The stator 148 includes a plurality of electrical windings (not indicated), and preferably a retainer 166 which retains the electrical winding in position and provides cooling passages 149 extending therethrough. Coolant openings 168 and 170 (see
Rotor position information required for starting and running the permanent magnet motor is obtained from an appropriate sensor 168 preferably located in the stator 148, although rotor position sensing may be achieved through any suitable technique. The rotor 114 is preferably made longer than the stator 148 for positioning the position sensor 168, thus providing magnetic field at the end of the rotor for easy access by the position sensor.
Seals (not indicated) are provided on the interfaces between the casing 144 and pump inlet 106, between the casing 144 and the end plate 154, as well as between the end plate 154 and the pump outlet 110 to prevent leakage.
In use, when an AC current is supplied to the device, in conjunction with the rotor position data provided by the sensors, the electrical winding in the stator 148 generates an alternating electromagnetic field which results in appropriate rotation of the rotor 114, thereby driving the pump 100 into operation.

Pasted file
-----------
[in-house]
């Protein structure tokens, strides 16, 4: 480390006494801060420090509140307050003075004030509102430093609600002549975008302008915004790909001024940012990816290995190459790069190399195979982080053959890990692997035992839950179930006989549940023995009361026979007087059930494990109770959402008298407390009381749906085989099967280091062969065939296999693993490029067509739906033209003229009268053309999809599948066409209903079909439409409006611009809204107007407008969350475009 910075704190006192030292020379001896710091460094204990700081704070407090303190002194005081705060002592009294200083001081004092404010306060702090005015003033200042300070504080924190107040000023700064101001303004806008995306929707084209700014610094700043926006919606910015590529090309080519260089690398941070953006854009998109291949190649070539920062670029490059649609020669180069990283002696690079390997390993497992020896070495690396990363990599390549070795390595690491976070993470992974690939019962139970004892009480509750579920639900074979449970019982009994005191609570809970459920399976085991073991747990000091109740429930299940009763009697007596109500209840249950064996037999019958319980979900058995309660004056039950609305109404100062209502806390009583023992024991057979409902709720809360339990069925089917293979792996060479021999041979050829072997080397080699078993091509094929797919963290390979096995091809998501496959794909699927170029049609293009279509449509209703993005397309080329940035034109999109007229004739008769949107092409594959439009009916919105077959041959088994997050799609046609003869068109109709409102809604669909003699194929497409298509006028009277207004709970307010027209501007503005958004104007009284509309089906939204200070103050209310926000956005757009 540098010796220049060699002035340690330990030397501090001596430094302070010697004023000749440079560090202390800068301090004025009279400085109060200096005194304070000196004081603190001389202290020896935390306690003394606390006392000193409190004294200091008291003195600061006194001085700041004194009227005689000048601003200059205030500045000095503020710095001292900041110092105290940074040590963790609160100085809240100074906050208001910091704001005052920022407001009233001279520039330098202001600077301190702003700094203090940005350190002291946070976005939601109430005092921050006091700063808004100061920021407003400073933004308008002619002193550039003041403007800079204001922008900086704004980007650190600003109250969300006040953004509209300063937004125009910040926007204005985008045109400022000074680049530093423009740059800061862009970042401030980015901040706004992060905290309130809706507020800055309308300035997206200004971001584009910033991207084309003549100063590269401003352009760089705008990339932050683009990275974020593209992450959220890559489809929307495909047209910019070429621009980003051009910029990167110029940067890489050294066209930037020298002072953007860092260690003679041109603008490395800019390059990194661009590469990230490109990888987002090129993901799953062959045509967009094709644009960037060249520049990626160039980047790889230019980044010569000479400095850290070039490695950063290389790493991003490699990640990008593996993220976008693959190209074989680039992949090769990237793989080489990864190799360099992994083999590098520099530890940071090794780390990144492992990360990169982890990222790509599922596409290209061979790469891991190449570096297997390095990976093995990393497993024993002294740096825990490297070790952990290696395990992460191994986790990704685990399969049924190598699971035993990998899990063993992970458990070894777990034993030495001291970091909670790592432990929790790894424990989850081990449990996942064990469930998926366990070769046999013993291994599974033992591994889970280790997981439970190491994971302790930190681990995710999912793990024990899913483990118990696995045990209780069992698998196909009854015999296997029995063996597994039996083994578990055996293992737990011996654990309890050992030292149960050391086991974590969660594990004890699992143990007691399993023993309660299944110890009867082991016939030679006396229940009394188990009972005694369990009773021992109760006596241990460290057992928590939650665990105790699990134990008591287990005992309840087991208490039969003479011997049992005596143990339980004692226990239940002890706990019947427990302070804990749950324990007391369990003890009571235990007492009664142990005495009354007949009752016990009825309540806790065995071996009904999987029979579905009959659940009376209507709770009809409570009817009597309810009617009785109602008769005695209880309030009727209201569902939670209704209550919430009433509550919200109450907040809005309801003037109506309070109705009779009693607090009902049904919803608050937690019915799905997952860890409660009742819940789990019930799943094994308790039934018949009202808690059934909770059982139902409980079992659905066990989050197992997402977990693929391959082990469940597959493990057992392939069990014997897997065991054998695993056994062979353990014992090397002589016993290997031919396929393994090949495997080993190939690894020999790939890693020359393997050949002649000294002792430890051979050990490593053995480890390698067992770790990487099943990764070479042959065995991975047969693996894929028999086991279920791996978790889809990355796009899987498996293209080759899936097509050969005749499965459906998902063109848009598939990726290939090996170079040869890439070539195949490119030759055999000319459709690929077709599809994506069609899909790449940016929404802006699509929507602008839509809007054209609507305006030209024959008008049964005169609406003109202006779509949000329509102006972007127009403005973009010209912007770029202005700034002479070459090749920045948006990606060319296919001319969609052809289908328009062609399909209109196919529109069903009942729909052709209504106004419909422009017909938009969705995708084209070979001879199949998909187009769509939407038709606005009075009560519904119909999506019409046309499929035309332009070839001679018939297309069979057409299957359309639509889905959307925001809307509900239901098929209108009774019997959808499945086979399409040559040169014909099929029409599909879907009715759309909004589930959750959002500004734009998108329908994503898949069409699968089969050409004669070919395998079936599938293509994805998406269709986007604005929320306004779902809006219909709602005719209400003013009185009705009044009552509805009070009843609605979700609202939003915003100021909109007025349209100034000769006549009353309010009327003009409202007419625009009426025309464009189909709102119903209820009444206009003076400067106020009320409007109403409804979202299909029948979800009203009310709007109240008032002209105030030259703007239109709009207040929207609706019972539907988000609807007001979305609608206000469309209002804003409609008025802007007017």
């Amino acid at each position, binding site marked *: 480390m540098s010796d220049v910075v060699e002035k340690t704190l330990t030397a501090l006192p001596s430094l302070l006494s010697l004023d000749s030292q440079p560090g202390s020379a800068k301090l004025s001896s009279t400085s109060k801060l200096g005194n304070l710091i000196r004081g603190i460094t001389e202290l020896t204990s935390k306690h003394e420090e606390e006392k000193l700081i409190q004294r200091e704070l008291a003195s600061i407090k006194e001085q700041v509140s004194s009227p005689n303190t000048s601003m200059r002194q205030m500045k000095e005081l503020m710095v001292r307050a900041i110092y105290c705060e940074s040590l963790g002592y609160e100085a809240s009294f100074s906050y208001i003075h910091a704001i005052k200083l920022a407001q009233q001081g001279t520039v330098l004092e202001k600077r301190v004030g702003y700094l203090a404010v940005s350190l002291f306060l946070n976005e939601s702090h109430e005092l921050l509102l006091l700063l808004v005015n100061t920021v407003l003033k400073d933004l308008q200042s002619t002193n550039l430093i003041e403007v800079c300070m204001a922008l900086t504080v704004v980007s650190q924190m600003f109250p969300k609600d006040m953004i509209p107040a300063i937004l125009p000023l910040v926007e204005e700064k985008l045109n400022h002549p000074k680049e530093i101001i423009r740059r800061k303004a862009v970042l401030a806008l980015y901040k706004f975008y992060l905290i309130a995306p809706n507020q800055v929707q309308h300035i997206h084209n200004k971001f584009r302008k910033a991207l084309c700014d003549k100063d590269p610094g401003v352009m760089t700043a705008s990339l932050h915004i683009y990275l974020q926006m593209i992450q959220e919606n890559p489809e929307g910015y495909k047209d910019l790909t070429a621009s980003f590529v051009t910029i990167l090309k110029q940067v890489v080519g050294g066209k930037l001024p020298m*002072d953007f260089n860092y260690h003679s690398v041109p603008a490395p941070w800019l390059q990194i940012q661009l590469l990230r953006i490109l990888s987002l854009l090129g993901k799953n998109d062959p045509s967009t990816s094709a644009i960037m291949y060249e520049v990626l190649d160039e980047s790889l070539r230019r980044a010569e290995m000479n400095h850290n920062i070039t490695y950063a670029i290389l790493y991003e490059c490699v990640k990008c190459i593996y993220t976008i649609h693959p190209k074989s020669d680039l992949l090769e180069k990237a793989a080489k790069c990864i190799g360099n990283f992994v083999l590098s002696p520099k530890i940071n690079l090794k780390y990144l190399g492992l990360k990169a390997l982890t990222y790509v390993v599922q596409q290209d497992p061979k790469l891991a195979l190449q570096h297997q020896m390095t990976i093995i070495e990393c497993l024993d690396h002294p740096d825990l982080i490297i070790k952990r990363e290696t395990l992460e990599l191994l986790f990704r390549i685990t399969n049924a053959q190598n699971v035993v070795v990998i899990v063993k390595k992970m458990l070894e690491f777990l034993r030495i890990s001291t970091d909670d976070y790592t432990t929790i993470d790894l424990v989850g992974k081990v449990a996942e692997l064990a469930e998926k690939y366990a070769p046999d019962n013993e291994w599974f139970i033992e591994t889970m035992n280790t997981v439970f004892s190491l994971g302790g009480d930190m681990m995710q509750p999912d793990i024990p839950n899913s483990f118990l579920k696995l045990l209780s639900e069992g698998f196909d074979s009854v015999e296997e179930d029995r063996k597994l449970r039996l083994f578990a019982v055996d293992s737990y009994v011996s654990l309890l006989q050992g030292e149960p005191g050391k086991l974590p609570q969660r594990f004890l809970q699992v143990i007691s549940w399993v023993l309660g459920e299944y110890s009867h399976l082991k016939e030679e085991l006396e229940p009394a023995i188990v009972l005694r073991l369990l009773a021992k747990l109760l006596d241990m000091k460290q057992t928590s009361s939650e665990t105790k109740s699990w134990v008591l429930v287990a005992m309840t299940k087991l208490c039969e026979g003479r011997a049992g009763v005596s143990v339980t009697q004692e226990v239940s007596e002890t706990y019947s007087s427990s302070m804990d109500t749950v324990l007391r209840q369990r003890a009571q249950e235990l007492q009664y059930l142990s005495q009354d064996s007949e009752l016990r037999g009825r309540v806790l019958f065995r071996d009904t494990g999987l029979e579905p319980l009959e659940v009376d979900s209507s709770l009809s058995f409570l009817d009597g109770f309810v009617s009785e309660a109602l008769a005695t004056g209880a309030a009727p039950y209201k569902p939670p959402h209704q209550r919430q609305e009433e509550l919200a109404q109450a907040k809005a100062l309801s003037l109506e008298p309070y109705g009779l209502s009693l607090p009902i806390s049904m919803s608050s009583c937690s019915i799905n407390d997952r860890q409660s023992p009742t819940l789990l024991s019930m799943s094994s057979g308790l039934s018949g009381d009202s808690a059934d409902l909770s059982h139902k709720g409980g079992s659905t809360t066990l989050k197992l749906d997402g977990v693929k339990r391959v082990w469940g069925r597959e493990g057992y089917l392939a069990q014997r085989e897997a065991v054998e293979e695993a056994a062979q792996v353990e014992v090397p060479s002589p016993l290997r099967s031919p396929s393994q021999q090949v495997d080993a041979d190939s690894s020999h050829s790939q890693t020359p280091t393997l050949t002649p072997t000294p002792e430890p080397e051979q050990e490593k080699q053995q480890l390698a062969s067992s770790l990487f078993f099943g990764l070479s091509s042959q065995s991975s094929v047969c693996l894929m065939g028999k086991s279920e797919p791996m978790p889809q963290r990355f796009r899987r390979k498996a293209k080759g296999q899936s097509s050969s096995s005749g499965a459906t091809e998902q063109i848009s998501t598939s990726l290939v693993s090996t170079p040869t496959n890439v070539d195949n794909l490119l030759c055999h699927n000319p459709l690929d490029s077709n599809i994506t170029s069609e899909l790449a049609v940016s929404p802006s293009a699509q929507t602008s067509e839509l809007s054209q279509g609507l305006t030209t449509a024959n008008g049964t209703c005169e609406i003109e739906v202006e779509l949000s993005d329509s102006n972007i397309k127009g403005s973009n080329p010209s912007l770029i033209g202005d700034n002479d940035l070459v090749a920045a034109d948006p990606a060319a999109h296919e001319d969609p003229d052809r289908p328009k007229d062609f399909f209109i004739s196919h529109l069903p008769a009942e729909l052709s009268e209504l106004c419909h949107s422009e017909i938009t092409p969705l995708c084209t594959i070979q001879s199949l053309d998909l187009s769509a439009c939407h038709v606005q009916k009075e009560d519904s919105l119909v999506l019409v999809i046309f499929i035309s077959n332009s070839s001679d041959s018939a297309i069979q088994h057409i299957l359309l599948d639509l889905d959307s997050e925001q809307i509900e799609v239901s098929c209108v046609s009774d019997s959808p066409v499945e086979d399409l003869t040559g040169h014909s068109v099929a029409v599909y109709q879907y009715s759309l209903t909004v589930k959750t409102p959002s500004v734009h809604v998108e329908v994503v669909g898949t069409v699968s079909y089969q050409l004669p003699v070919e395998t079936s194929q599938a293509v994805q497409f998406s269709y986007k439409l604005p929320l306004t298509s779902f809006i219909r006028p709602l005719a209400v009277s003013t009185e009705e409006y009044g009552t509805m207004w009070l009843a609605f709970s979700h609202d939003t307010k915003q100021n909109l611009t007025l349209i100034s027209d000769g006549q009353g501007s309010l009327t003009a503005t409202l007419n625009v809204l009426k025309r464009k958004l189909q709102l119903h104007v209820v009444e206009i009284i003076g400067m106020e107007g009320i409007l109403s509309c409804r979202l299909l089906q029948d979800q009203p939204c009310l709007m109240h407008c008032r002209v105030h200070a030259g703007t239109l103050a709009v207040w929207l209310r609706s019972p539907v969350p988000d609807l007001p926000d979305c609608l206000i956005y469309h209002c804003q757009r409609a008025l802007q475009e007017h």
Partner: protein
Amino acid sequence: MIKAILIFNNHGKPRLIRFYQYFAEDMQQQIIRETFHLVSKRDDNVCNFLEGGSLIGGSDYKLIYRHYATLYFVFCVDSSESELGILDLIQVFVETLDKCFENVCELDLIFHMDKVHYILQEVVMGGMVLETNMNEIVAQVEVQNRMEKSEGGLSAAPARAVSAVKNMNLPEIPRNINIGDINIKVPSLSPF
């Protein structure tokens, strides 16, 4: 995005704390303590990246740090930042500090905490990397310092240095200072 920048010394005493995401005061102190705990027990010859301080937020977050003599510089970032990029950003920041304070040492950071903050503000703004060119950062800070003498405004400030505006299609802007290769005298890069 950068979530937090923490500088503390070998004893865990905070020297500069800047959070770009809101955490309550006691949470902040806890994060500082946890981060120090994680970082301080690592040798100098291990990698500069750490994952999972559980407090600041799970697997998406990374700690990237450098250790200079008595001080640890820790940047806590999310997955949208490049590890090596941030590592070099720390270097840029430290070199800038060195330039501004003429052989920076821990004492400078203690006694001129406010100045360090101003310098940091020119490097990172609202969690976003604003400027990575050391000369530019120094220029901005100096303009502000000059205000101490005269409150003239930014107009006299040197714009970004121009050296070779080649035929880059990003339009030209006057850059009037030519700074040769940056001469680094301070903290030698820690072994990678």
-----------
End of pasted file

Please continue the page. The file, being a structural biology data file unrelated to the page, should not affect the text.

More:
Preferably, as the rotor 114 rotates, a non-turbulent (i.e. about Re<10000) flow, and more preferably substantially laminar (i.e. about Re<5000) flow, and still more preferably fully laminar (i.e. about Re<2500)flow, is present between rotor 114 and working conduit 104. This is desired such that viscous effects of the liquid can be used to enhance pumping, as will now be described.
In use, this viscous shear or drag tends to push the rotor 114 axially backward against the end plate 134 (thereby also beneficially closing the bypass assembly, as will be discussed further below). This load on the rotor is reacted by the end plate 134, as end plate 134, restrains any further axial motion of rotor 114, and thus the rotor 114 pushes back on the oil with a force substantially equal to the viscous shear or drag force, and it is this action which generates the primary pumping force of the present invention (in a direction opposite to arrows B).